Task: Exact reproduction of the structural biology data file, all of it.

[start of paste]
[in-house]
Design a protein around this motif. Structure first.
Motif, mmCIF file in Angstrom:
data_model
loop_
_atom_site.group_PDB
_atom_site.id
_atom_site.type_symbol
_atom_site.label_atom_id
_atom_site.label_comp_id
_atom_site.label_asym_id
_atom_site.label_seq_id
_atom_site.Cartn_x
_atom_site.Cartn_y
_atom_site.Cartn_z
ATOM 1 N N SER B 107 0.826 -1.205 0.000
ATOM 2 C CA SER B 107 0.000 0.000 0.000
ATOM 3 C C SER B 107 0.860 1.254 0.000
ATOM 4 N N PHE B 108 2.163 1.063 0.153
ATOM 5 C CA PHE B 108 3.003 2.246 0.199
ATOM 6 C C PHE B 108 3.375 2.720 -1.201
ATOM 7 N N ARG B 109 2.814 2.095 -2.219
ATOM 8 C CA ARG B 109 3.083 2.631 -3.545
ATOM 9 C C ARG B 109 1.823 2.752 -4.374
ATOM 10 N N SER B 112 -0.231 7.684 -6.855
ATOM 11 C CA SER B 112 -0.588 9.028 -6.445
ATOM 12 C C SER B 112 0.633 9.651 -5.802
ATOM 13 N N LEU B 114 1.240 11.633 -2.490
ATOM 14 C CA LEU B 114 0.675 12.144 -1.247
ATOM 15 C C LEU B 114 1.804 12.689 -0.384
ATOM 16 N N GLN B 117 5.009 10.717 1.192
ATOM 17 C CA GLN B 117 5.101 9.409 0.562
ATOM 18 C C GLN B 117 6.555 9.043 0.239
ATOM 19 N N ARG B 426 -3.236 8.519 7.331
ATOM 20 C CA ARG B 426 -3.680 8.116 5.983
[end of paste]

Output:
[in-house]
Design a protein around this motif. Structure first.
Motif, mmCIF file in Angstrom:
data_model
loop_
_atom_site.group_PDB
_atom_site.id
_atom_site.type_symbol
_atom_site.label_atom_id
_atom_site.label_comp_id
_atom_site.label_asym_id
_atom_site.label_seq_id
_atom_site.Cartn_x
_atom_site.Cartn_y
_atom_site.Cartn_z
ATOM 1 N N SER B 107 0.826 -1.205 0.000
ATOM 2 C CA SER B 107 0.000 0.000 0.000
ATOM 3 C C SER B 107 0.860 1.254 0.000
ATOM 4 N N PHE B 108 2.163 1.063 0.153
ATOM 5 C CA PHE B 108 3.003 2.246 0.199
ATOM 6 C C PHE B 108 3.375 2.720 -1.201
ATOM 7 N N ARG B 109 2.814 2.095 -2.219
ATOM 8 C CA ARG B 109 3.083 2.631 -3.545
ATOM 9 C C ARG B 109 1.823 2.752 -4.374
ATOM 10 N N SER B 112 -0.231 7.684 -6.855
ATOM 11 C CA SER B 112 -0.588 9.028 -6.445
ATOM 12 C C SER B 112 0.633 9.651 -5.802
ATOM 13 N N LEU B 114 1.240 11.633 -2.490
ATOM 14 C CA LEU B 114 0.675 12.144 -1.247
ATOM 15 C C LEU B 114 1.804 12.689 -0.384
ATOM 16 N N GLN B 117 5.009 10.717 1.192
ATOM 17 C CA GLN B 117 5.101 9.409 0.562
ATOM 18 C C GLN B 117 6.555 9.043 0.239
ATOM 19 N N ARG B 426 -3.236 8.519 7.331
ATOM 20 C CA ARG B 426 -3.680 8.116 5.983